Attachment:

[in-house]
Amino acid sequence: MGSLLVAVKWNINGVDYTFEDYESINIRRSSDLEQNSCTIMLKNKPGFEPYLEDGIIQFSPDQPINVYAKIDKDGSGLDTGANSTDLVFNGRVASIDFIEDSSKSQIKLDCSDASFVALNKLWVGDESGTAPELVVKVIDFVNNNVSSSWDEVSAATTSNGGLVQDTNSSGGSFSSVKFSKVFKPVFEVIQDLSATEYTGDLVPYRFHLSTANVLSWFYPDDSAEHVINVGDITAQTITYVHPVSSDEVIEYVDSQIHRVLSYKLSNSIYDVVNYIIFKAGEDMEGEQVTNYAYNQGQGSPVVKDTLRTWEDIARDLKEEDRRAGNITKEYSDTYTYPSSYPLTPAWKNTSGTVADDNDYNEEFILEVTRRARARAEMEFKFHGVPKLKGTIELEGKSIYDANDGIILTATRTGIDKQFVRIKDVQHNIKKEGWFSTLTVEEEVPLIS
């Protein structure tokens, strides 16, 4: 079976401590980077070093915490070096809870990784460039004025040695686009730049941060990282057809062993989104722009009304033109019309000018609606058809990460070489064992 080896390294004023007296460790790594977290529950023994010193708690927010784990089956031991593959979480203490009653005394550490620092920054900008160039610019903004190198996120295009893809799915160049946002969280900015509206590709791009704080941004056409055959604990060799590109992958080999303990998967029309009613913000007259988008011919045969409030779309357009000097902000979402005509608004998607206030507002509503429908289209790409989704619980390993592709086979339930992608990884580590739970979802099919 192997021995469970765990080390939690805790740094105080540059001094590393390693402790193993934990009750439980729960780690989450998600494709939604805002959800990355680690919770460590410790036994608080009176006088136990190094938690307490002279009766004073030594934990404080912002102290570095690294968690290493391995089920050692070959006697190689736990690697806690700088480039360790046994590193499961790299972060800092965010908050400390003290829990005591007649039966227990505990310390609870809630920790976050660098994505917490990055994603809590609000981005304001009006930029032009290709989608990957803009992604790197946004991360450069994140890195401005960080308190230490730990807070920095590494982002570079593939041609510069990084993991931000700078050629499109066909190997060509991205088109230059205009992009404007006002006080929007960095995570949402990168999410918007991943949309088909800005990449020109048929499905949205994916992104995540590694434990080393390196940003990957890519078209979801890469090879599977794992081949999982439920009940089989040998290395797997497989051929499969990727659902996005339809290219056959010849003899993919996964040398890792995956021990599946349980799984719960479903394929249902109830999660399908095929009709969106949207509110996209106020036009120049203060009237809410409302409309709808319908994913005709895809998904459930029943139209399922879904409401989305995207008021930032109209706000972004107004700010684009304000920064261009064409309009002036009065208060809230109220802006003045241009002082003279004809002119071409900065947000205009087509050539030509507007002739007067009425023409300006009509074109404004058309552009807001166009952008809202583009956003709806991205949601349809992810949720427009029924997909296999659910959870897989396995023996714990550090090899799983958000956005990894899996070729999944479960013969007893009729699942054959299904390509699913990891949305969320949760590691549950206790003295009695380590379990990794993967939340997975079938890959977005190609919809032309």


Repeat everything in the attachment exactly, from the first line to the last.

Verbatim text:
[in-house]
Amino acid sequence: MGSLLVAVKWNINGVDYTFEDYESINIRRSSDLEQNSCTIMLKNKPGFEPYLEDGIIQFSPDQPINVYAKIDKDGSGLDTGANSTDLVFNGRVASIDFIEDSSKSQIKLDCSDASFVALNKLWVGDESGTAPELVVKVIDFVNNNVSSSWDEVSAATTSNGGLVQDTNSSGGSFSSVKFSKVFKPVFEVIQDLSATEYTGDLVPYRFHLSTANVLSWFYPDDSAEHVINVGDITAQTITYVHPVSSDEVIEYVDSQIHRVLSYKLSNSIYDVVNYIIFKAGEDMEGEQVTNYAYNQGQGSPVVKDTLRTWEDIARDLKEEDRRAGNITKEYSDTYTYPSSYPLTPAWKNTSGTVADDNDYNEEFILEVTRRARARAEMEFKFHGVPKLKGTIELEGKSIYDANDGIILTATRTGIDKQFVRIKDVQHNIKKEGWFSTLTVEEEVPLIS
């Protein structure tokens, strides 16, 4: 079976401590980077070093915490070096809870990784460039004025040695686009730049941060990282057809062993989104722009009304033109019309000018609606058809990460070489064992 080896390294004023007296460790790594977290529950023994010193708690927010784990089956031991593959979480203490009653005394550490620092920054900008160039610019903004190198996120295009893809799915160049946002969280900015509206590709791009704080941004056409055959604990060799590109992958080999303990998967029309009613913000007259988008011919045969409030779309357009000097902000979402005509608004998607206030507002509503429908289209790409989704619980390993592709086979339930992608990884580590739970979802099919 192997021995469970765990080390939690805790740094105080540059001094590393390693402790193993934990009750439980729960780690989450998600494709939604805002959800990355680690919770460590410790036994608080009176006088136990190094938690307490002279009766004073030594934990404080912002102290570095690294968690290493391995089920050692070959006697190689736990690697806690700088480039360790046994590193499961790299972060800092965010908050400390003290829990005591007649039966227990505990310390609870809630920790976050660098994505917490990055994603809590609000981005304001009006930029032009290709989608990957803009992604790197946004991360450069994140890195401005960080308190230490730990807070920095590494982002570079593939041609510069990084993991931000700078050629499109066909190997060509991205088109230059205009992009404007006002006080929007960095995570949402990168999410918007991943949309088909800005990449020109048929499905949205994916992104995540590694434990080393390196940003990957890519078209979801890469090879599977794992081949999982439920009940089989040998290395797997497989051929499969990727659902996005339809290219056959010849003899993919996964040398890792995956021990599946349980799984719960479903394929249902109830999660399908095929009709969106949207509110996209106020036009120049203060009237809410409302409309709808319908994913005709895809998904459930029943139209399922879904409401989305995207008021930032109209706000972004107004700010684009304000920064261009064409309009002036009065208060809230109220802006003045241009002082003279004809002119071409900065947000205009087509050539030509507007002739007067009425023409300006009509074109404004058309552009807001166009952008809202583009956003709806991205949601349809992810949720427009029924997909296999659910959870897989396995023996714990550090090899799983958000956005990894899996070729999944479960013969007893009729699942054959299904390509699913990891949305969320949760590691549950206790003295009695380590379990990794993967939340997975079938890959977005190609919809032309």